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Demystifying the Warm-up: Billy Polson's Tips For Getting Loose

By Billy Polson

Do you warm-up? A lot of guys skip warm-ups, thinking they can just jump into their workouts—or, even knowing they should warm-up, they just don't know what to do, or for how long. In fact, warm-ups are a seriously important part of a workout. Today I'm going to tell you a little bit about why and how to warm up.

Warm-ups are a great time for people to do the following things before they begin their workout:

  1. Lining it up: Most importantly, warm-ups are necessary for getting joints in the correct alignment, and for restoring the body's correct length-tension relationships. You should use your warm-up to find out where you are tight, and using stretches and basic resistance work to address those imbalances (more on this below!). With a proper warm-up, your workout will hit muscles properly without causing further imbalances or improper wear to the joints.
  2. Getting it flowing: Warm-ups also help to get some blood in your muscles and wake them up before starting heavier or more complex movements. Warm-ups are especially useful before doing power movements or speed work.
That said, recommended warm-ups are completely variable based on each body's issues. How can you tell what needs particular attention on your body? Start with some diagnostics— I recommend using my stretch check article to check your body for tight areas. Based on this info, I would recommend on stretching all areas that are tight before you head into doing a workout. It's really worth doing this, since failing to warm-up and stretch your tight muscles will cause those areas to be more negatively impacted with each successive workout.

Once you've identified and stretched your tight areas, you need to be aware of them as part of the larger dynamics of your body. Tight muscles tend to have an opposing muscle that is weak and long. These areas need to be turned on and flexed to warm them up, so that you can, over time, shorten and strengthen that opposing muscle, thus bringing both into balance. For example, if your chest and upper trapezius tend to be tight then it is most likely that your lower middle trapezius are weak (causing your shoulders to round forward). So, in addition to stretching your chest and traps before the workout, you should charge on your lower middle traps with some rows or pulldowns. Again, the key to this is starting with an analysis of where you are tight.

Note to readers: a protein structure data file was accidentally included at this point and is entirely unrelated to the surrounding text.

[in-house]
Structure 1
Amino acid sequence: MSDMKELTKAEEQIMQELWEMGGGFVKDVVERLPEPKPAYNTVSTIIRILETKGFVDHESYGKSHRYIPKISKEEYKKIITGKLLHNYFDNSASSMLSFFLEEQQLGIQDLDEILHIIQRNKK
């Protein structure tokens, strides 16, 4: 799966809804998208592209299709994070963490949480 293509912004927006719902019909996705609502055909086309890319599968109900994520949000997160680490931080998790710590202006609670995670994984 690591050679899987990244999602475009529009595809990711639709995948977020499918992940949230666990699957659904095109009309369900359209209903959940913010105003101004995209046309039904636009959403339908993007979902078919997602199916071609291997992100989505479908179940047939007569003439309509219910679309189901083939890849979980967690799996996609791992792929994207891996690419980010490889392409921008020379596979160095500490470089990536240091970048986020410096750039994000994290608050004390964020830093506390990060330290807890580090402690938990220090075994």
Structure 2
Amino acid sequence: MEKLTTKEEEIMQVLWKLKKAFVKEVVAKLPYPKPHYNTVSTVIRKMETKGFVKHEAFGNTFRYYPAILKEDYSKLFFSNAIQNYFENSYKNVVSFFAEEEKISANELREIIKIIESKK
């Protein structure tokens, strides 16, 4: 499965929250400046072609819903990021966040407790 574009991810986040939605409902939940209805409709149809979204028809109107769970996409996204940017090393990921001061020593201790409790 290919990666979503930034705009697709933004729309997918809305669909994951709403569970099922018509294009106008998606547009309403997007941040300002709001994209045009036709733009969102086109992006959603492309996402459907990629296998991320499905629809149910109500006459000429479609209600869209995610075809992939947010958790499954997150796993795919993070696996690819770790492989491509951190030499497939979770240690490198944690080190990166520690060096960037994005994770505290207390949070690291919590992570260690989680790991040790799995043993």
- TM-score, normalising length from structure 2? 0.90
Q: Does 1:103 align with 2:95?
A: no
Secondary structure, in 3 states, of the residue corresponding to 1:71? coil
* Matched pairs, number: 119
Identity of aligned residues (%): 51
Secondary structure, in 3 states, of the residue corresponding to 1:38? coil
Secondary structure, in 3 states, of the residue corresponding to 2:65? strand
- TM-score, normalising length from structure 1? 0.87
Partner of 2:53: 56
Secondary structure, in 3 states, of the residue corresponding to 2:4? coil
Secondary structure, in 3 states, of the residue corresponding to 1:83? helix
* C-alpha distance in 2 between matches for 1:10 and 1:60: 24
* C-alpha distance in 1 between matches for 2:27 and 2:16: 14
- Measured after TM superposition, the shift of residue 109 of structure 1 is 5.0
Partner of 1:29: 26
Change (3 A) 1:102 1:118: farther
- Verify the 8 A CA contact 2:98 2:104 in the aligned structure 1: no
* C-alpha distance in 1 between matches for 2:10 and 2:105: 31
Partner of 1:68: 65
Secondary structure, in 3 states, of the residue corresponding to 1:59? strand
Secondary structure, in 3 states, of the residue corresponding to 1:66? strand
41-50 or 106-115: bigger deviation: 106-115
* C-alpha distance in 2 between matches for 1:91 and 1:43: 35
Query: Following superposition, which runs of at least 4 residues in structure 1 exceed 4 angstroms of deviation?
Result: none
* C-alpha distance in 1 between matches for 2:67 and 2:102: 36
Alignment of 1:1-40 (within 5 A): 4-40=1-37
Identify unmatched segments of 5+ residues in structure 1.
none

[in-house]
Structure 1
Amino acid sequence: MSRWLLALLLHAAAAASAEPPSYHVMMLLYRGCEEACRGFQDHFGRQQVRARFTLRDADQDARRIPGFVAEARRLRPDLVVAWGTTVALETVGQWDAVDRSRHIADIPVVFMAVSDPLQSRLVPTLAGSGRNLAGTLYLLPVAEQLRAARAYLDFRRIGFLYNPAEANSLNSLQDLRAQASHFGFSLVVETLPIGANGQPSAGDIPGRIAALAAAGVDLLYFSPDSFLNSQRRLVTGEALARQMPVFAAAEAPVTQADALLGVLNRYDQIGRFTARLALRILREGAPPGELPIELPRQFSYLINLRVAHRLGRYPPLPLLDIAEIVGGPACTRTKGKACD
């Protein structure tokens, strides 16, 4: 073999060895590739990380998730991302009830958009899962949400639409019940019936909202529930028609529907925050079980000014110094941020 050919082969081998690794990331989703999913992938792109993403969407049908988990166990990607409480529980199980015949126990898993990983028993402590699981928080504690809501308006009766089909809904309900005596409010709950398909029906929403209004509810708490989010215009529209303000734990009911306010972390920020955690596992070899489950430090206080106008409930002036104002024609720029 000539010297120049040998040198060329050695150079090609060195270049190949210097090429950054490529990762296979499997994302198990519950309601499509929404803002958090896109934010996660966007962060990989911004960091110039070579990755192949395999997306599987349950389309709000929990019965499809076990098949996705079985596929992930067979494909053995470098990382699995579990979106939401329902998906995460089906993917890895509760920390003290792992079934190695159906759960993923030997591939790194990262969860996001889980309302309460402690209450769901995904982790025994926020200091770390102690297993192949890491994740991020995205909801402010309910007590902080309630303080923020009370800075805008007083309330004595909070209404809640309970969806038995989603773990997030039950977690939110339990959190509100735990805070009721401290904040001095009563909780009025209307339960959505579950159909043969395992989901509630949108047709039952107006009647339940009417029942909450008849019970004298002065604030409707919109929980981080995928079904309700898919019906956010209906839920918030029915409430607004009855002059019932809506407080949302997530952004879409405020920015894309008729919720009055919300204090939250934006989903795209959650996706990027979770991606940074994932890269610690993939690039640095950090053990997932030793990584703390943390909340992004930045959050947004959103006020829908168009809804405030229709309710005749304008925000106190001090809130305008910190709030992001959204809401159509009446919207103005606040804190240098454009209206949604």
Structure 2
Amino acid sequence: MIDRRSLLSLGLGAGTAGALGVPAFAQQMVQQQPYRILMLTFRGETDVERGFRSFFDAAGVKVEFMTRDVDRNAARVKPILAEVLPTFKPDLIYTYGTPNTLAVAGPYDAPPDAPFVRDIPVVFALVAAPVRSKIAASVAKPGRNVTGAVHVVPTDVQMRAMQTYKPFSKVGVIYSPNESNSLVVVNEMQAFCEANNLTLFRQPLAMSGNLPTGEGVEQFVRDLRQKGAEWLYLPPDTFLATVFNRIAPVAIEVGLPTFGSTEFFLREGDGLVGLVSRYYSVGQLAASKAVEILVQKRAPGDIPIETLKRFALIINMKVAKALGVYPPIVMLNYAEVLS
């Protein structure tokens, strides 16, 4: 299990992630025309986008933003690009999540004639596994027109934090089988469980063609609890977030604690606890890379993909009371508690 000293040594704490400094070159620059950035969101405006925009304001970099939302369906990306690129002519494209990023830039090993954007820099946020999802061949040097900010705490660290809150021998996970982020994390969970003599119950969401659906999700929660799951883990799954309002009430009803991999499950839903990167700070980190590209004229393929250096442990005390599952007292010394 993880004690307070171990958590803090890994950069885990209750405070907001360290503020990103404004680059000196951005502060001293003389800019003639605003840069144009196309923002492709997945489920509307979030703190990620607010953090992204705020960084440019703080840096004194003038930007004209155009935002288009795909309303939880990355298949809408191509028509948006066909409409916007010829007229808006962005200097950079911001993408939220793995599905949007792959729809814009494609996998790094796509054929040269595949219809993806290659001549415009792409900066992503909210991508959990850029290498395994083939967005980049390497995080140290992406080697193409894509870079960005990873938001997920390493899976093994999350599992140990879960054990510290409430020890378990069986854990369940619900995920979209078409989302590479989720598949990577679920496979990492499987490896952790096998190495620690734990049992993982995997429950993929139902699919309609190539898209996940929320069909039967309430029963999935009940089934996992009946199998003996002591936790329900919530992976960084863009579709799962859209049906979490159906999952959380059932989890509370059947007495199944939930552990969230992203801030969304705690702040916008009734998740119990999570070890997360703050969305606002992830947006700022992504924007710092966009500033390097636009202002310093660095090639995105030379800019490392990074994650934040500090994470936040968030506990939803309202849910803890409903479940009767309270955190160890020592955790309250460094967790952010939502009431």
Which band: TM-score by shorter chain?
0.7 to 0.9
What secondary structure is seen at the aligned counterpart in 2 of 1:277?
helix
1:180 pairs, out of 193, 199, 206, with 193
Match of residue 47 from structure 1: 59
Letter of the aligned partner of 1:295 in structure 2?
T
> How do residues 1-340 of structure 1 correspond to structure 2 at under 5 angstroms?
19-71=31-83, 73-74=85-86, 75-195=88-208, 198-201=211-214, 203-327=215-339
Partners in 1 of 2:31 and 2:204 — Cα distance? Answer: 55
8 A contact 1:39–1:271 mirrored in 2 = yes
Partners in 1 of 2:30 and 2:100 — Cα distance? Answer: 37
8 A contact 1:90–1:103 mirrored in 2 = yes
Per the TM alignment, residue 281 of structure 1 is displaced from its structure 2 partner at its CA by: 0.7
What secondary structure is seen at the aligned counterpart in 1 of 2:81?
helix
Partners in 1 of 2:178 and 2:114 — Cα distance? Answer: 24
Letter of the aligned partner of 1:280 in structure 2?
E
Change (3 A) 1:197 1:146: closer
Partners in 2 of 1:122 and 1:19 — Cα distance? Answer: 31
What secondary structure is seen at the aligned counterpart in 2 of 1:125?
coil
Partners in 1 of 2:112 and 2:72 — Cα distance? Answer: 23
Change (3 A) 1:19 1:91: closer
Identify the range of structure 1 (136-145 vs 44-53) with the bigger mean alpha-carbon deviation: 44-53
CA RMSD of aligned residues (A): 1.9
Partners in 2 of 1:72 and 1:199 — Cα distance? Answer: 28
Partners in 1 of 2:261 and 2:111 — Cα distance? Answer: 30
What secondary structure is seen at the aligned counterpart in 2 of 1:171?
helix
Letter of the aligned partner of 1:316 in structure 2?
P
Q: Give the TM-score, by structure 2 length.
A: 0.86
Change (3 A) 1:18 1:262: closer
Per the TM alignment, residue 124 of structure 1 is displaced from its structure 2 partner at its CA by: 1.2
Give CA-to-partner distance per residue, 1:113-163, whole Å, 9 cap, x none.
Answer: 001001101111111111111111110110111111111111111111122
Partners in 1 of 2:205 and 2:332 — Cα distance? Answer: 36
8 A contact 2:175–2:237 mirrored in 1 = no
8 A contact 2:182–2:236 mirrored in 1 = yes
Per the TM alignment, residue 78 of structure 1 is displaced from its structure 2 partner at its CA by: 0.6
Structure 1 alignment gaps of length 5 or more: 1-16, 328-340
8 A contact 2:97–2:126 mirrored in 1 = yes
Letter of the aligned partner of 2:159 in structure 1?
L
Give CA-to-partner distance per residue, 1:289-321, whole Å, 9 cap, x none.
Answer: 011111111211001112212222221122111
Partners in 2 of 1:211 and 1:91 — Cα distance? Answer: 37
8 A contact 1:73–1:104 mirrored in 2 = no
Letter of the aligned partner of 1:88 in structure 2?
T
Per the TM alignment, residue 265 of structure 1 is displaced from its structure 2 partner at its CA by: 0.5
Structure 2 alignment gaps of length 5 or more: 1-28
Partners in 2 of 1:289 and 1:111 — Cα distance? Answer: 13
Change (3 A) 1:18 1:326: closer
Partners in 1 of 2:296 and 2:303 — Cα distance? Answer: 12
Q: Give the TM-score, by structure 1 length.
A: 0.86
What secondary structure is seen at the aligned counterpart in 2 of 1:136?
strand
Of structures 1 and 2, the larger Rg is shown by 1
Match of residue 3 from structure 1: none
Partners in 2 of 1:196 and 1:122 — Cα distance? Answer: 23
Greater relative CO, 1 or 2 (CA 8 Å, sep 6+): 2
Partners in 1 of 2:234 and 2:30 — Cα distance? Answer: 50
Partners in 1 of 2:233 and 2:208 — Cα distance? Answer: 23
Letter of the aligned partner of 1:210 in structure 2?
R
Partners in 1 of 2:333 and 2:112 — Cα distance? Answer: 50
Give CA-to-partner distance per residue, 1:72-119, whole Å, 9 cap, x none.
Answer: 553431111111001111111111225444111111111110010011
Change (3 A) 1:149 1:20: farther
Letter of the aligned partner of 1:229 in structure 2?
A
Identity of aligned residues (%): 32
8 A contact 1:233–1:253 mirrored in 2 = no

Once length-tension relationships are restored and weak muscles are turned on with some basic movements for them, the last recommendation I have is to do lighter, slower versions of your workout movements for perfect form and alignment checks. If you are going to be doing strength work, start out doing those movements with little or no resistance, so that you can focus on your form before you put the muscles under strain, or add a speed component. Once you move through full ranges of motion with your exercises, then you can do the same movements with heavier weights and/or with speed/power. This will function as both a fantastic warm-up, and a safety check, making sure that you have recent muscle memory to guide you through your most intense workouts with good form.

These same rules apply whether you are doing a cardio workout or a weight/strength training workout.

About Billy Polson: Billy Polson is co-founder of the award-winning Diakadi Body personal training gym and creators of RealJock's 12-week Workout Programs. Billy is a certified Exercise Coach through the Paul Chek Institute as well as a Certified Personal Trainer through The National Academy of Sports Medicine. Have burning questions about your fitness that you want Billy and Diakadi co-founder Mike Clausen to answer? Send an email to